Report: Secret Service investigates possible network breach of Sears

No evidence yet of actual breach, retailer says.

The US Secret Service is investigating a possible attack on the corporate network of Sears Holdings Corp. after high-profile hacks of Target, Neiman Marcus, and possibly other retailers have compromised tens of millions of credit cards, Bloomberg News reported.

"There have been rumors and reports throughout the retail industry of security incidents at various retailers and we are actively reviewing our systems to determine if we have been a victim of a breach," a Sears spokesman said in a statement, according to a report published Friday. "We have found no information based on our review of our systems to date indicating a breach."

Neither the Bloomberg report nor the statement from Sears said when the investigation began or provided other details. KrebsOnSecurity reporter Brian Krebs, who originally broke news of the Target breach, cautioned that there's reason to believe there may be no breach at Sears.

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How to turn a phone into a covert bugging device? Infect the printer

James Bond-style attack underscores growing vulnerability of embedded software.

Security researchers have designed a stealthy eavesdropping attack that sounds like it's straight out of a James Bond movie. It starts with a booby-trapped document that compromises an unpatched laser printer, which in turn converts a popular Internet phone into a covert bugging device.

The proof-of-concept attack exploits currently unpatched vulnerabilities in the Avaya one-X 9608, a popular model of phone that uses the Internet rather than a standard phone line to make and receive calls. Researcher Ang Cui, a Ph.D. candidate at Columbia University and chief scientist at Red Balloon Security, declined to provide many details on the vulnerabilities until users have had time to install a patch that Avaya is expected to release soon. He did say the weaknesses allow devices on the same local network to remotely execute code that causes the device to surreptitiously record all sounds within earshot and transmit them to a server controlled by attackers. He demonstrated a similar bugging vulnerability last year in competing Internet phones designed by Cisco Systems, which has since patched the underlying bugs.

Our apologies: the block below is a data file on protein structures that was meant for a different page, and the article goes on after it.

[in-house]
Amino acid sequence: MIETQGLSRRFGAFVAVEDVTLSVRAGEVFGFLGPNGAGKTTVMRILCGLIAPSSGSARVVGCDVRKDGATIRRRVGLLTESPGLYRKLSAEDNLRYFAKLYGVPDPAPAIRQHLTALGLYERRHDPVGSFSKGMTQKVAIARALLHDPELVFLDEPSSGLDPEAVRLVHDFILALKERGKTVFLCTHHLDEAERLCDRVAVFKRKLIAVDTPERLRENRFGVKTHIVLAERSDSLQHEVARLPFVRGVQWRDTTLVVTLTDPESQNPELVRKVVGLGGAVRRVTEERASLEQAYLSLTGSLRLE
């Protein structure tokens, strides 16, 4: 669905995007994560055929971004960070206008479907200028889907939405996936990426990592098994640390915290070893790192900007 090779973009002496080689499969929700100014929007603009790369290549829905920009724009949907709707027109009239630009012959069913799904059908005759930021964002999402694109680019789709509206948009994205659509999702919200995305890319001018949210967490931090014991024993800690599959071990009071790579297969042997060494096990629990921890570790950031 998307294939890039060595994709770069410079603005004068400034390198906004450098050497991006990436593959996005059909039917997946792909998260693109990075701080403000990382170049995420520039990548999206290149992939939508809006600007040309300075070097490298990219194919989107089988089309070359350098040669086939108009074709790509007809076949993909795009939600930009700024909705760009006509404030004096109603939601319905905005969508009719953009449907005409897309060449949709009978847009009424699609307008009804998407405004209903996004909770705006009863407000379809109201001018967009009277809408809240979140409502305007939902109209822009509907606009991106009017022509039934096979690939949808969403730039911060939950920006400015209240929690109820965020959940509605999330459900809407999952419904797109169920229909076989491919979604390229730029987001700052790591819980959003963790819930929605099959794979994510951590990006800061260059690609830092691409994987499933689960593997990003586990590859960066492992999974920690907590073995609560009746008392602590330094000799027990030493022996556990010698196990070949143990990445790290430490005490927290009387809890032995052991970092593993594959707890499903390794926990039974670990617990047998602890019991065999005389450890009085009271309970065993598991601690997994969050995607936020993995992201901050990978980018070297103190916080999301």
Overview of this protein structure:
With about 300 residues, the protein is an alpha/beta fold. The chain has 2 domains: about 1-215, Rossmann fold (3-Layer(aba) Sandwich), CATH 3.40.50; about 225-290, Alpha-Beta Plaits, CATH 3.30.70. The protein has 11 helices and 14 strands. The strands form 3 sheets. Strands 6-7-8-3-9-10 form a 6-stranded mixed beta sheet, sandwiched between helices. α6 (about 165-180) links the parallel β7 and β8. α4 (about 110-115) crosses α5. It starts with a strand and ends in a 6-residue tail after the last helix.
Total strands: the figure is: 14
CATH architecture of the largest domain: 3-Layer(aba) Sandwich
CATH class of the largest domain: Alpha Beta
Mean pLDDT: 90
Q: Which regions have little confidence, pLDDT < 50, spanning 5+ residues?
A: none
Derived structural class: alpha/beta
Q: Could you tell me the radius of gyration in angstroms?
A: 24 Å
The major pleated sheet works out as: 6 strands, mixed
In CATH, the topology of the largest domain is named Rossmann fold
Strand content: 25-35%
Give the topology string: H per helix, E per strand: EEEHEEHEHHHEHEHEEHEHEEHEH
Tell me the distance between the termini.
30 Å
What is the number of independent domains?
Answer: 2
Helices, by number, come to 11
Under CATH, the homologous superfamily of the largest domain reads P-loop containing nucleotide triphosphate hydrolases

Cui, who is scheduled to present his research Friday at the RSA security conference in San Francisco, said the attack underscores the growing susceptibility of phones, routers, and other embedded devices to the types of malware attacks that once threatened only computers. He and Salvatore Stolfo, who is a Columbia University professor of computer science and a Red Balloon director, have devised software dubbed Symbiote, which runs on Internet phones and other embedded devices and alerts users whenever changes are made to the firmware. Symbiote is part of a larger defense the pair has developed called AESOP, short for the Advanced Embedded Sec Ops.

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Sochi Olympics Terrorism Fears Used as Bait for Targeted Darkmoon Campaigns

While the Sochi Winter Olympics may now be over without incident, considering all of the media attention and fears surrounding a potential terrorist attack at the event, it should come as no surprise that cyberattackers were preying on these uncertainties to target potential victims of interest.

During the games, Symantec saw multiple targeted email campaigns that used Sochi Olympics themes to bait potential victims. These observed email campaigns were blocked by our Symantec.Cloud service. In one such campaign, we saw that targets were being sent the following email.

figure1_0.jpg

Figure 1. Email purporting to relate to a terrorist threat at the Sochi Olympics

In this campaign, attackers were using the social engineering ploy of a terrorist threat at the Sochi Olympics to lure in their victims. While the email does not look professional, the curiosity for the content can still be enough to persuade an individual to open the attachment. If a victim fell prey to opening the attachment, their computer became infected with Backdoor.Darkmoon. Darkmoon is a popular remote access Trojan (RAT) which is often used in targeted attacks, as seen in a recent Symantec blog about how the G20 Summit was used as bait in targeted emails and in the 2011 Symantec whitepaper, The Nitro Attacks.